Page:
In a crisis people show their true faces, even more so in times of war and persecution. Hadn’t it been a period of most disgusting crimes against humanity, World War II would have been the perfect scenario for sociologists to study human behaviour in all kinds of dangerous situations. The Beautiful Mrs. Seidenman by Andrzej Szczypiorski shows how the much tried Polish people reacted to Nazi occupation after centuries of foreign rule (be it Russian, Prussian or Austrian) and underground resistance. The novel talks of secret heroes, of the mercilessly persecuted and of accidental victims just as well as of collaborators out of conviction or out of need. But for many of the survivors World War II was just the beginning of their fight for survival in an oppressive regime.
Andrzej Szczypiorski was born in Warsaw, Poland, in February 1928. During the war he attended the so-called “Flying University” and fought against Nazi occupation as a partisan until he was caught and sent to the concentration camp in Sachsenhausen. After the war he studied Political Science and began to work as a journalist although for short periods of time he also served his country as an ambassador and much later, after the fall of communism, as a Senator in the Polish Parliament. Early on in his career he collaborated with the Polish Secret Police, but in the 1970s he took the side of the democratic opposition and was in prison in the early 1980s. In 1952 Andrzej Szczypiorski made his literary debut and produced about twenty novels over the following decades. Among his most notable works are Za murami Sodomy (1963; Behind the Walls of Sodom), A Mass for Arras (Msza za miasto Arras: 1971), The Shadow Catcher (Złowić cień: 1976), The Beautiful Mrs. Seidenman (Początek: 1986), Noc, dzień i noc (1991; Night, Day and Night), and Self-Portrait with Woman (Autoportret z kobietą: 1994). Andrzej Szczypiorski died in Warsaw, Poland, in May 2000.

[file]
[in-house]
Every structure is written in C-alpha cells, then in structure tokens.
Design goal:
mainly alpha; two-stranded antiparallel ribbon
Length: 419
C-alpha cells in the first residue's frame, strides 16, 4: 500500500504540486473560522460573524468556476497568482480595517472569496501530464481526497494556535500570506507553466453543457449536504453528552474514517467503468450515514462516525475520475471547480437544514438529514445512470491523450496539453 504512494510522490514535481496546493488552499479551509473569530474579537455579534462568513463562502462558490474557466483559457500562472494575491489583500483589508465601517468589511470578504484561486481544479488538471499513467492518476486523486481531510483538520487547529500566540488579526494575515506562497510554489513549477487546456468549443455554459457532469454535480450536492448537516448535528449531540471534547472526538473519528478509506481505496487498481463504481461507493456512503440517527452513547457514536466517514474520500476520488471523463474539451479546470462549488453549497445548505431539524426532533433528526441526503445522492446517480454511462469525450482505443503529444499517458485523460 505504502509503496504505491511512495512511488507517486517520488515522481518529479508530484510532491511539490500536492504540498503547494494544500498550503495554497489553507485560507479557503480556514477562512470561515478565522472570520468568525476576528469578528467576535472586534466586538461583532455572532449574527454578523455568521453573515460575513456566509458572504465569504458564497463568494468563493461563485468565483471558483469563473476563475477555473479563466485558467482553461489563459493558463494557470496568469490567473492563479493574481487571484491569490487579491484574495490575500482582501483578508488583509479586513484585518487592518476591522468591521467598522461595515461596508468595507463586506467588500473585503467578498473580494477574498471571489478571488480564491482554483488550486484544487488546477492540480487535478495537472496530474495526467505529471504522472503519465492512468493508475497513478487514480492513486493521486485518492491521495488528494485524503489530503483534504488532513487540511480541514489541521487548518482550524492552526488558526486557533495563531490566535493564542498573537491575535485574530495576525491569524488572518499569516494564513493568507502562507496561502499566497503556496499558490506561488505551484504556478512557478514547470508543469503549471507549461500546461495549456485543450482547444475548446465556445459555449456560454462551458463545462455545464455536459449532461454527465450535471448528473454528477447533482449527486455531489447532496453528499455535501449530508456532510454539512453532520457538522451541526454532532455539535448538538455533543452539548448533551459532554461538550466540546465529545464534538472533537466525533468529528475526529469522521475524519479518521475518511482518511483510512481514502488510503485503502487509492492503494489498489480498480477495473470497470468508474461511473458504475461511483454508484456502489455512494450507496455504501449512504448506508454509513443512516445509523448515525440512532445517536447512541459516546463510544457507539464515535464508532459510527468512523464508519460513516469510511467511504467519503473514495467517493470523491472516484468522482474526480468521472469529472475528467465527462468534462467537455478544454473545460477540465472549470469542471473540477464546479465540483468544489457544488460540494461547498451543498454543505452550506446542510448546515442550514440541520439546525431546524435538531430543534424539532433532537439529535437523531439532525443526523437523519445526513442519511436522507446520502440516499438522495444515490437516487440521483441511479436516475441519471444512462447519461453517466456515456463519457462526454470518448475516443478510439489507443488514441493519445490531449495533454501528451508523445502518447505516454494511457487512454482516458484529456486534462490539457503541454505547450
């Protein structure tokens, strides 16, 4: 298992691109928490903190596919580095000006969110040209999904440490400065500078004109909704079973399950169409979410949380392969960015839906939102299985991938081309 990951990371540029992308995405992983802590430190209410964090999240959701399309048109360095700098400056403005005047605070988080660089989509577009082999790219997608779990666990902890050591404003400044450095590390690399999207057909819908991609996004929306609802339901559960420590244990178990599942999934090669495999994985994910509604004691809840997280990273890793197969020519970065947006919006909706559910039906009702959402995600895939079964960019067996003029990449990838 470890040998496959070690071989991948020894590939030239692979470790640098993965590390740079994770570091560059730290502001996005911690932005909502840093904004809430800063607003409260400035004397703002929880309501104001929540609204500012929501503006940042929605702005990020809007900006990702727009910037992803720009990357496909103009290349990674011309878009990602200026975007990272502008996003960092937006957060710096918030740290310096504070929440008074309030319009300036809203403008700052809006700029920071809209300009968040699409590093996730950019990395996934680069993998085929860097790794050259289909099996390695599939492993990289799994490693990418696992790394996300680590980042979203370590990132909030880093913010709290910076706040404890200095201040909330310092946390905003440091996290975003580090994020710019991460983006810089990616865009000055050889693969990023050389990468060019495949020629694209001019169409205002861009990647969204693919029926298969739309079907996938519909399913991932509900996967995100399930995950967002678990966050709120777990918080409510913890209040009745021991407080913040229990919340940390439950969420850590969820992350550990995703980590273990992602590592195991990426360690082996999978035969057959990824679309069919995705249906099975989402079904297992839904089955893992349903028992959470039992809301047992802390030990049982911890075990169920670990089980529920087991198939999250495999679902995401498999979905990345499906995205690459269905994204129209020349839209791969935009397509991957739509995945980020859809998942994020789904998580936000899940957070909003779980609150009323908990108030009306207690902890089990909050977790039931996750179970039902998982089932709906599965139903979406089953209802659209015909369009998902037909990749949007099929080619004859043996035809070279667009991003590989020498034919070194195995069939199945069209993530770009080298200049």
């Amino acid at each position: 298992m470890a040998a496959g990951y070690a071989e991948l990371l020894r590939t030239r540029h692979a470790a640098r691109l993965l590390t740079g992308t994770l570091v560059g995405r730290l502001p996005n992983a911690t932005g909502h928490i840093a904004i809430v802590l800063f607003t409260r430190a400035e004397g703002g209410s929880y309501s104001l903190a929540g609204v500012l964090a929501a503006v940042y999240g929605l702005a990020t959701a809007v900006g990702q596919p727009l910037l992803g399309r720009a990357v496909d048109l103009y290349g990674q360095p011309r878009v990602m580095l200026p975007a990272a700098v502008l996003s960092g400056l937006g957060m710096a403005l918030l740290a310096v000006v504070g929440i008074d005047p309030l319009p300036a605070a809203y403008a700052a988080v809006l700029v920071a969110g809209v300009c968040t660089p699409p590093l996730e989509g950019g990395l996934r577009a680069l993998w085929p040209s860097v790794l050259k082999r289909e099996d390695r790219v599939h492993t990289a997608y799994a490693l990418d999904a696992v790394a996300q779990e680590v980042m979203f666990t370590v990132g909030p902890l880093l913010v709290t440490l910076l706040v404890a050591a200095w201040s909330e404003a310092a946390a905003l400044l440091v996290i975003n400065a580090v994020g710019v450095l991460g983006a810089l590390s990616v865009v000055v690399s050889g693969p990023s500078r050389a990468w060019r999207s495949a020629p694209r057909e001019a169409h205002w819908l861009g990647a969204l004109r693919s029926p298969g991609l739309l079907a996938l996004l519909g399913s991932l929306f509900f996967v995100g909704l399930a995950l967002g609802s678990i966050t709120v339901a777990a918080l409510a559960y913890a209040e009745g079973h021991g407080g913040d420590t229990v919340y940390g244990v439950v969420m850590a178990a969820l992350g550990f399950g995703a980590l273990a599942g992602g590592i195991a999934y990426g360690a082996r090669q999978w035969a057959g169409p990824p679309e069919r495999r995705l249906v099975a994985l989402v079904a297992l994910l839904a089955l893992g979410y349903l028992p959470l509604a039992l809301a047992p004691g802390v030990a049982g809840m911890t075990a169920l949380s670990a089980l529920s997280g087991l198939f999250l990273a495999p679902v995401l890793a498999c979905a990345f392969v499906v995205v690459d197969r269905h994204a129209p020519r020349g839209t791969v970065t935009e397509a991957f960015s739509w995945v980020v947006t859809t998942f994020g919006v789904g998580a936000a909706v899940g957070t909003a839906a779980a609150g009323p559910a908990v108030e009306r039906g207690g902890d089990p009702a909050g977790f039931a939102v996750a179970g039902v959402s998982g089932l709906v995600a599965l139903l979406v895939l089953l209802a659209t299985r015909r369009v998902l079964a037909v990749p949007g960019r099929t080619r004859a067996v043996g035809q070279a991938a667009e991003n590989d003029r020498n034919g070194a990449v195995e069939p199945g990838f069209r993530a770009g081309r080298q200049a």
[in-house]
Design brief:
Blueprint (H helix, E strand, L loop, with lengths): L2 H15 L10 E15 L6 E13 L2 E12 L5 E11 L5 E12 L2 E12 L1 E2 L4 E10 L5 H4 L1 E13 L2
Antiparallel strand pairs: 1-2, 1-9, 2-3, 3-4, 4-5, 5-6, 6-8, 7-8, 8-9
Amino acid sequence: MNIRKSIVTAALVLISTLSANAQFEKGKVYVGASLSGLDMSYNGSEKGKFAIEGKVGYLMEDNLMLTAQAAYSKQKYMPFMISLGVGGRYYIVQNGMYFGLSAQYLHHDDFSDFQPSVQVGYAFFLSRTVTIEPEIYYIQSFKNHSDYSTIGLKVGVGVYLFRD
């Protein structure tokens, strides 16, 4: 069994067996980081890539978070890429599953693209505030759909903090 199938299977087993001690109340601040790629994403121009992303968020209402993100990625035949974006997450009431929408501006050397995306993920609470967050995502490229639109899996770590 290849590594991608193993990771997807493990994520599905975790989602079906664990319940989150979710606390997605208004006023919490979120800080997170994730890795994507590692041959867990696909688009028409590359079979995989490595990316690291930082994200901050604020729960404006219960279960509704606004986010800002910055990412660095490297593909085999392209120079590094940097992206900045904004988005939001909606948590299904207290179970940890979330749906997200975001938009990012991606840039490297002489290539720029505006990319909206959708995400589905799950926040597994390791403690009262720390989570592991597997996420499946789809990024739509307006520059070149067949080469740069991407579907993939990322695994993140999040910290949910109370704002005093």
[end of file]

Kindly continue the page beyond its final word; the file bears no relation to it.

The title figure of The Beautiful Mrs. Seidenman lives in Warsaw, when German troupes invade Poland in September 1939. At first sight the woman in her thirties is the model Aryan from Adolf Hitler’s dreams – fair hair, blue eyes and regular features –, but to her misfortune she’s the Jewish widow of the radiologist Ignacy Seidenman and thus in constant danger. Instead of her tell-tale name Irma Seidenman she uses the Polish alias Maria Magdalena Gostomska to escape Nazi persecution. Since she has excellent false papers and moves houses every so often as a precaution, everything goes well until 1943, when she has the bad luck to run into a former acquaintance, Bronek Blutman, on the street. He recognises her at once and, being a Jewish informer who denounces other Jews to save his own skin, he forces her to accompany him to the Gestapo Headquarters. At this point her rather unworldly neighbour and classical scholar Adam Korda, who is told that she is alleged to be Jewish and in the hands of the Gestapo, sets in motion her rescue getting in touch with nineteen-year-old Pawełek Kryński, the only person from her past whom he knows. Pawełek is Mrs. Seidenman’s neighbour from the times when her husband was still alive and he had a crush on her ever since he was thirteen years old. As soon as he hears that Mrs. Seidenman was exposed, he calls the railway-man Filipek and asks him to help. But not only Irma Seidenman is rescued by the people of Warsaw. With the help of the tailor Apolinary Kujawski, who became rich after his Jewish principal died in the Ghetto of Warsaw and his only son was shot in the streets, judge Romnicki manages to save little Joasia Fichtelbaum, the daughter of a Jewish lawyer he knows. Smuggled from the Ghetto by the petty criminal Wiktor Suchowiak, the girl is given into the care of Sister Weronika who passes her off for a Catholic orphan named Marysia Wiewiora. The girl’s older brother, Henryczek “Henio” Fichtelbaum, is less lucky although his classmate and best friend Pawełek does everything in his power to hide him after he escaped from the Ghetto. Tired of hiding, Henio returns to the Ghetto to join the resistance there and is killed in the 1943 Uprising. Everywhere in Warsaw people die violent and senseless deaths, while others survive and have to come to terms with the Communist regime.